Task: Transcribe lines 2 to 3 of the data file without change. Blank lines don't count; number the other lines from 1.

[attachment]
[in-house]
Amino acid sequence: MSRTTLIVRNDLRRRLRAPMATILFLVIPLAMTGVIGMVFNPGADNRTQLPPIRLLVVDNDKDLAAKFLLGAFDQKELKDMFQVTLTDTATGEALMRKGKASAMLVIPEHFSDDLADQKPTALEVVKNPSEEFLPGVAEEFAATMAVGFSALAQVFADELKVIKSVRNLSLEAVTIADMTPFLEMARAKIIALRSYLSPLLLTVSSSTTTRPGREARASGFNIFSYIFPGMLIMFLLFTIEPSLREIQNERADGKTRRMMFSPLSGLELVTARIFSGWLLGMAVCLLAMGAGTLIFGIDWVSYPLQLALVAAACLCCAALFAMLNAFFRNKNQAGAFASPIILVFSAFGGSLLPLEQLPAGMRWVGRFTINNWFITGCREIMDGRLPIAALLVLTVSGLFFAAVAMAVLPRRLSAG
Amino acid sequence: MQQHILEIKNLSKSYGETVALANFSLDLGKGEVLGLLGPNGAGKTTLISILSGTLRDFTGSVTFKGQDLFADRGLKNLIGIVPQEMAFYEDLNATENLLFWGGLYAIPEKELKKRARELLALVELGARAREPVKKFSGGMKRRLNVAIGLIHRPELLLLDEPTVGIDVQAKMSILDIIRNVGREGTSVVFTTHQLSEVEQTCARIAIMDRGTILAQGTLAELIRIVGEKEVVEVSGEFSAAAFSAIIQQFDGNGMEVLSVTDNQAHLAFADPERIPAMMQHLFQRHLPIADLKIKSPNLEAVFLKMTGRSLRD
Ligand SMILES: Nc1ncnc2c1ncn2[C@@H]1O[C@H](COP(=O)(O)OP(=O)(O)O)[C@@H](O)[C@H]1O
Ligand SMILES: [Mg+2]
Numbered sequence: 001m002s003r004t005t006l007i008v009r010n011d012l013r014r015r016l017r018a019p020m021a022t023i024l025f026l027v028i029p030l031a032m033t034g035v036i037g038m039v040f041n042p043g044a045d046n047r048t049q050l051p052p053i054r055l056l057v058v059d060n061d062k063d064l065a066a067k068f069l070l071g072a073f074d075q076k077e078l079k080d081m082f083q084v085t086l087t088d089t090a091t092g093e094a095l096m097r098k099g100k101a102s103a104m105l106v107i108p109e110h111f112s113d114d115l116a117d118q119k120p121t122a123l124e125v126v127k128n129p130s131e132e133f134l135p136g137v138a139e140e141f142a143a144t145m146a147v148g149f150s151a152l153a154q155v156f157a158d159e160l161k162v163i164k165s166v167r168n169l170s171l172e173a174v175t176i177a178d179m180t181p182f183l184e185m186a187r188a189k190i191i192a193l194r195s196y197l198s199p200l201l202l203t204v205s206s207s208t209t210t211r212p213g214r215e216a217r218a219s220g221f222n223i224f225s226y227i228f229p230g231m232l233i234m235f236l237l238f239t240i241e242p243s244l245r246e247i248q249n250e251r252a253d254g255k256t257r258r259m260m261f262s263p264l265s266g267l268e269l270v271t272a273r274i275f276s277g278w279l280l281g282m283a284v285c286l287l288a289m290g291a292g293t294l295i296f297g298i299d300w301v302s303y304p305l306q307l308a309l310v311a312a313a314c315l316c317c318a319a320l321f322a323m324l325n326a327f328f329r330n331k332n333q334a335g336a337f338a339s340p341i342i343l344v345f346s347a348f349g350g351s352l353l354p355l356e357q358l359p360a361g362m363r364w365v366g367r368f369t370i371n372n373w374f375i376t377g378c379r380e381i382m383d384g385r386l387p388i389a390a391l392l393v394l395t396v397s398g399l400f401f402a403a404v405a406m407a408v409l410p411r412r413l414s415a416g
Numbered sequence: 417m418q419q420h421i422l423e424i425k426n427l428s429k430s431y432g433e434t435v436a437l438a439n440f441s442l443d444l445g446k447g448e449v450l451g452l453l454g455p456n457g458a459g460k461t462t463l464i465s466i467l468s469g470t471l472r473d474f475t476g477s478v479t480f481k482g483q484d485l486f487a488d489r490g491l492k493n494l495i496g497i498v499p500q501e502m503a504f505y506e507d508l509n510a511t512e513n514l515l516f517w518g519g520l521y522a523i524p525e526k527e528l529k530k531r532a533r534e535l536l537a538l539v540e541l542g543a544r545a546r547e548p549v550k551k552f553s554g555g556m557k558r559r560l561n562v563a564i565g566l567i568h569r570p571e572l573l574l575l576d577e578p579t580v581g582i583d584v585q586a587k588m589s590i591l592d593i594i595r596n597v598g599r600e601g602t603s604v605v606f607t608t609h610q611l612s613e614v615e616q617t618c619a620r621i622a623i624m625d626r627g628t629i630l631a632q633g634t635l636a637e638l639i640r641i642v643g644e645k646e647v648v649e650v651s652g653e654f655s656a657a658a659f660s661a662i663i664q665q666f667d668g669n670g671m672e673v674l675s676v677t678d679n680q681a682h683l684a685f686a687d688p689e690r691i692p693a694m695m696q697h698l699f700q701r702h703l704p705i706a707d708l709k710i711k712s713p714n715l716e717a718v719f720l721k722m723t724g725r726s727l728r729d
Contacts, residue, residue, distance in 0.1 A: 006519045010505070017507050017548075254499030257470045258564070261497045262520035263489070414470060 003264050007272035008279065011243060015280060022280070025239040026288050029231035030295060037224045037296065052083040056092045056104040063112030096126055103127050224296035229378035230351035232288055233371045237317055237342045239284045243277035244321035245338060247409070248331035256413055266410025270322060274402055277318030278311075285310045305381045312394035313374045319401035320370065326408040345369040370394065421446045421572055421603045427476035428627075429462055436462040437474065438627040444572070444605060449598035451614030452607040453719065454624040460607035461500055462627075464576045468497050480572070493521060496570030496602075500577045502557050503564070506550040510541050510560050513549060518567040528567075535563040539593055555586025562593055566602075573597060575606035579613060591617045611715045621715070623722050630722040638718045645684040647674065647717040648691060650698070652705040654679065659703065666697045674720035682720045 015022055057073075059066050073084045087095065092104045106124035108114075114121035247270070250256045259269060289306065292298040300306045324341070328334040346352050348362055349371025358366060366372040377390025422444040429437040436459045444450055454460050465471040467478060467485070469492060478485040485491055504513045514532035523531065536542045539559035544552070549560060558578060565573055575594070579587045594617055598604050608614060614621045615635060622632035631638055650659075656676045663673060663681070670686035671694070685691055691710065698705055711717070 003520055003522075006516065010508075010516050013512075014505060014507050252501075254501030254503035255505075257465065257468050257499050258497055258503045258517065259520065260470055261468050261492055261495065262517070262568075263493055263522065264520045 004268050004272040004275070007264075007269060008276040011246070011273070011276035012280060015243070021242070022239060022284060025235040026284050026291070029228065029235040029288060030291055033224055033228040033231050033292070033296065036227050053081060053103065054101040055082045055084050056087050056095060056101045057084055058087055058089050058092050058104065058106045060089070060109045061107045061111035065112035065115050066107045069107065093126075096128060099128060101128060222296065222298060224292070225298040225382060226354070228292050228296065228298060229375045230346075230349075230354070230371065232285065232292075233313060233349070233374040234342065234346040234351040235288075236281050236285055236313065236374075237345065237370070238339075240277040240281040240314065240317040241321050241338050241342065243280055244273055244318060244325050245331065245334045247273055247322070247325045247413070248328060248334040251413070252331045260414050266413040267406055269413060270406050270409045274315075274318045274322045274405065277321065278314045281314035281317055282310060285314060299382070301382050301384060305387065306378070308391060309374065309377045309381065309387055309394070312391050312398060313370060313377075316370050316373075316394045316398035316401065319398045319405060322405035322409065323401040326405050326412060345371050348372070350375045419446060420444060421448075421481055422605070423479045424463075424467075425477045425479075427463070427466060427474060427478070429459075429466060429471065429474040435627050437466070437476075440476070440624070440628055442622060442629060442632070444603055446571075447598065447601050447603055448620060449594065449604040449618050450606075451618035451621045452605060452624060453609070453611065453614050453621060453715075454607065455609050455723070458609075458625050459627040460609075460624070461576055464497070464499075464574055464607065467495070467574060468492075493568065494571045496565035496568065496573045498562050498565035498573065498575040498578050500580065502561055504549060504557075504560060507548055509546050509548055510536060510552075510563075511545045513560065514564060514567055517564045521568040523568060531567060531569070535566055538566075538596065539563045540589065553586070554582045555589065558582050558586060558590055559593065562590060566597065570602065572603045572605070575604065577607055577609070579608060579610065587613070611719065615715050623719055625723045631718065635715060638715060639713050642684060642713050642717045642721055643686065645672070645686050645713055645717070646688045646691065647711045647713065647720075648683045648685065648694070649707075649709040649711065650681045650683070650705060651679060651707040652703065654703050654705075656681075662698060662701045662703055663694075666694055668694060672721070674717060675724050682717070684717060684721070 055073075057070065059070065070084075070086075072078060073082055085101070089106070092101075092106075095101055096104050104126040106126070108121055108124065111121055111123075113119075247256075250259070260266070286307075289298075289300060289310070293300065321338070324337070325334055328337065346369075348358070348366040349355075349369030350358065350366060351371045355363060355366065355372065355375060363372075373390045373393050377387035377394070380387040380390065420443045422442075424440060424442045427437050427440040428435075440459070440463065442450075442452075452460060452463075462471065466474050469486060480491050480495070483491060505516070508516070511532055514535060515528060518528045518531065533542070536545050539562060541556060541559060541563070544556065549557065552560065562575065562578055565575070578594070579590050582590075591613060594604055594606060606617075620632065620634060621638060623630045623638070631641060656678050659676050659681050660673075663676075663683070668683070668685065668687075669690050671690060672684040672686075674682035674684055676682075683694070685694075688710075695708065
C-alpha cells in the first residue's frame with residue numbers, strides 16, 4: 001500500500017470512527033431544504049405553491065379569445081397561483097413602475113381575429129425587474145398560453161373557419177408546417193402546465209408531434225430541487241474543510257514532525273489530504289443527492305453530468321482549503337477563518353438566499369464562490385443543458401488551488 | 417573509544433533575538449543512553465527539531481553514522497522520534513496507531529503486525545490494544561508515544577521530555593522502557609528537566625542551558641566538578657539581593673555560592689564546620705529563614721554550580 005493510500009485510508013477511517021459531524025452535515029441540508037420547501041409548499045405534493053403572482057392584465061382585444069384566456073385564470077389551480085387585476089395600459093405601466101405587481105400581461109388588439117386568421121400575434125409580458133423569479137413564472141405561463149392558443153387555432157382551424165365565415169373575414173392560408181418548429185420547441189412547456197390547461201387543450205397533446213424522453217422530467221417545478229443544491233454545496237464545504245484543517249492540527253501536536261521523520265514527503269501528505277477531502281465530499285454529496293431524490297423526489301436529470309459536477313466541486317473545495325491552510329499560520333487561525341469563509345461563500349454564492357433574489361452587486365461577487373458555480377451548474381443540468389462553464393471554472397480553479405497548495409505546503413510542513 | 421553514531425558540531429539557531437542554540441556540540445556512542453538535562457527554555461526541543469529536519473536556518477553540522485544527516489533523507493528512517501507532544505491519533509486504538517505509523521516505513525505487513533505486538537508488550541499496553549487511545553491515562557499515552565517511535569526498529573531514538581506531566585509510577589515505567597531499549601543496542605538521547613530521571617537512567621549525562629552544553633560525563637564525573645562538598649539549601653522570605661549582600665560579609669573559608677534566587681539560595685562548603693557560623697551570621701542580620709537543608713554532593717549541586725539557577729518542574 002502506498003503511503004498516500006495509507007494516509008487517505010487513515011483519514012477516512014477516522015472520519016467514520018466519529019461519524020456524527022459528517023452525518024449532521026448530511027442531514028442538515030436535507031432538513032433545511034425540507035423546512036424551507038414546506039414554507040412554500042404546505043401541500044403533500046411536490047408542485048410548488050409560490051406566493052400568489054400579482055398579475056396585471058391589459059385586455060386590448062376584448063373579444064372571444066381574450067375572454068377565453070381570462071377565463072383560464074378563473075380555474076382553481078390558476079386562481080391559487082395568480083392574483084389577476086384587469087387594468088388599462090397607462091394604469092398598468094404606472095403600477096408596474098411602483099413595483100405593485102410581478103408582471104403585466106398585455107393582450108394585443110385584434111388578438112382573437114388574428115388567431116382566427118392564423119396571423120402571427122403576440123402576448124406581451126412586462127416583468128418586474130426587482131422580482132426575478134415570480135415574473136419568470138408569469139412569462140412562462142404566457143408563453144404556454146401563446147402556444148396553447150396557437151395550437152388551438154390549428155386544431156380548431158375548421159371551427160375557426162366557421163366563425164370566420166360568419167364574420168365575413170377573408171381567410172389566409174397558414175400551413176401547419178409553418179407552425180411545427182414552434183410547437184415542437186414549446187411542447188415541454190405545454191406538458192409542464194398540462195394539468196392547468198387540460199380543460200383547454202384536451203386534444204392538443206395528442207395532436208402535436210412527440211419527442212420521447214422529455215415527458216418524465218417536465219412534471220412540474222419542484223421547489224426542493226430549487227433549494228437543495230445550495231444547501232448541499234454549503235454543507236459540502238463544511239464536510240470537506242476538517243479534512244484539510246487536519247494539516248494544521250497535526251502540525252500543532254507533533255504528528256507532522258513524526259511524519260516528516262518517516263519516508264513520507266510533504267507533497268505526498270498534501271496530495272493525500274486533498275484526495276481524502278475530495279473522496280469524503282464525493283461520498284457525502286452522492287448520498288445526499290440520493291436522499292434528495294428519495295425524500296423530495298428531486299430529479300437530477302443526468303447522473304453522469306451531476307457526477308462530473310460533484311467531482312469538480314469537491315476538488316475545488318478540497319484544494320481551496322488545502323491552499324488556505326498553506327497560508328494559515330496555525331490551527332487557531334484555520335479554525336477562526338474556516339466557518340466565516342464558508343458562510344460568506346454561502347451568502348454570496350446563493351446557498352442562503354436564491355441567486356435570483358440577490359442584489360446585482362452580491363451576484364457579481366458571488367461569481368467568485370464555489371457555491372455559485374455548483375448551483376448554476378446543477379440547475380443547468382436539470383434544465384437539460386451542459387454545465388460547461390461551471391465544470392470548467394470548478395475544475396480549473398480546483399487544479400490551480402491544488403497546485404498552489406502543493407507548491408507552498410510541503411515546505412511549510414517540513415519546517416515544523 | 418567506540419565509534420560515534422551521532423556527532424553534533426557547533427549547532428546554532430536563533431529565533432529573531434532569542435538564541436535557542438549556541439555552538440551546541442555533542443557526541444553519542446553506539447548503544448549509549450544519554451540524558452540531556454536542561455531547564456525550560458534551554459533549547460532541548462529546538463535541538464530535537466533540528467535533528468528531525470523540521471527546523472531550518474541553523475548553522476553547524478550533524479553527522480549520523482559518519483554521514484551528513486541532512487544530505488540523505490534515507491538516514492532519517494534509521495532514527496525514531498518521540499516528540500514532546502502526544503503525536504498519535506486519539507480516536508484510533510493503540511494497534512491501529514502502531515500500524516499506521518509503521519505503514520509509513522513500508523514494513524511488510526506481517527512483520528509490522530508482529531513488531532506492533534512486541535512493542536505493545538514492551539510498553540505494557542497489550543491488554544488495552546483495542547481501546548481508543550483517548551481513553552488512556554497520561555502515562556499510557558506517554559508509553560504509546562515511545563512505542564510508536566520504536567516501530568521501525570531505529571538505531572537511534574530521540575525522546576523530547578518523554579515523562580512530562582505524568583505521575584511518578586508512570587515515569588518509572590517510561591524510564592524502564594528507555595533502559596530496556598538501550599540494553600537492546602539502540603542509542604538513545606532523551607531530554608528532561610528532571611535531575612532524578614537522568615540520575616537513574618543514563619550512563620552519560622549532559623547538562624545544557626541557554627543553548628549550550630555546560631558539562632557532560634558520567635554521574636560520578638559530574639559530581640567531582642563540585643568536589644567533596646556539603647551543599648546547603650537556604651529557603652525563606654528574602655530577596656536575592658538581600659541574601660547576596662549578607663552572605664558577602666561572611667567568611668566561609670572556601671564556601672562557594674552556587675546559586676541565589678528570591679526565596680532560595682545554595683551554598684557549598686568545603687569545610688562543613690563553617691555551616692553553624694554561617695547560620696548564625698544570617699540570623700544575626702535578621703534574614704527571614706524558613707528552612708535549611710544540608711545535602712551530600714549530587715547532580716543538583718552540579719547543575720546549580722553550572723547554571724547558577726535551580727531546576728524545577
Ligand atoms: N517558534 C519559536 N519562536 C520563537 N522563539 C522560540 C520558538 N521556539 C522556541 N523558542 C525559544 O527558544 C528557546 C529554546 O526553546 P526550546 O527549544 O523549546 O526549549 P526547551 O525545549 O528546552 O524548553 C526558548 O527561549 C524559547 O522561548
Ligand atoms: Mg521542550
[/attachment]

Amino acid sequence: MSRTTLIVRNDLRRRLRAPMATILFLVIPLAMTGVIGMVFNPGADNRTQLPPIRLLVVDNDKDLAAKFLLGAFDQKELKDMFQVTLTDTATGEALMRKGKASAMLVIPEHFSDDLADQKPTALEVVKNPSEEFLPGVAEEFAATMAVGFSALAQVFADELKVIKSVRNLSLEAVTIADMTPFLEMARAKIIALRSYLSPLLLTVSSSTTTRPGREARASGFNIFSYIFPGMLIMFLLFTIEPSLREIQNERADGKTRRMMFSPLSGLELVTARIFSGWLLGMAVCLLAMGAGTLIFGIDWVSYPLQLALVAAACLCCAALFAMLNAFFRNKNQAGAFASPIILVFSAFGGSLLPLEQLPAGMRWVGRFTINNWFITGCREIMDGRLPIAALLVLTVSGLFFAAVAMAVLPRRLSAG
Amino acid sequence: MQQHILEIKNLSKSYGETVALANFSLDLGKGEVLGLLGPNGAGKTTLISILSGTLRDFTGSVTFKGQDLFADRGLKNLIGIVPQEMAFYEDLNATENLLFWGGLYAIPEKELKKRARELLALVELGARAREPVKKFSGGMKRRLNVAIGLIHRPELLLLDEPTVGIDVQAKMSILDIIRNVGREGTSVVFTTHQLSEVEQTCARIAIMDRGTILAQGTLAELIRIVGEKEVVEVSGEFSAAAFSAIIQQFDGNGMEVLSVTDNQAHLAFADPERIPAMMQHLFQRHLPIADLKIKSPNLEAVFLKMTGRSLRD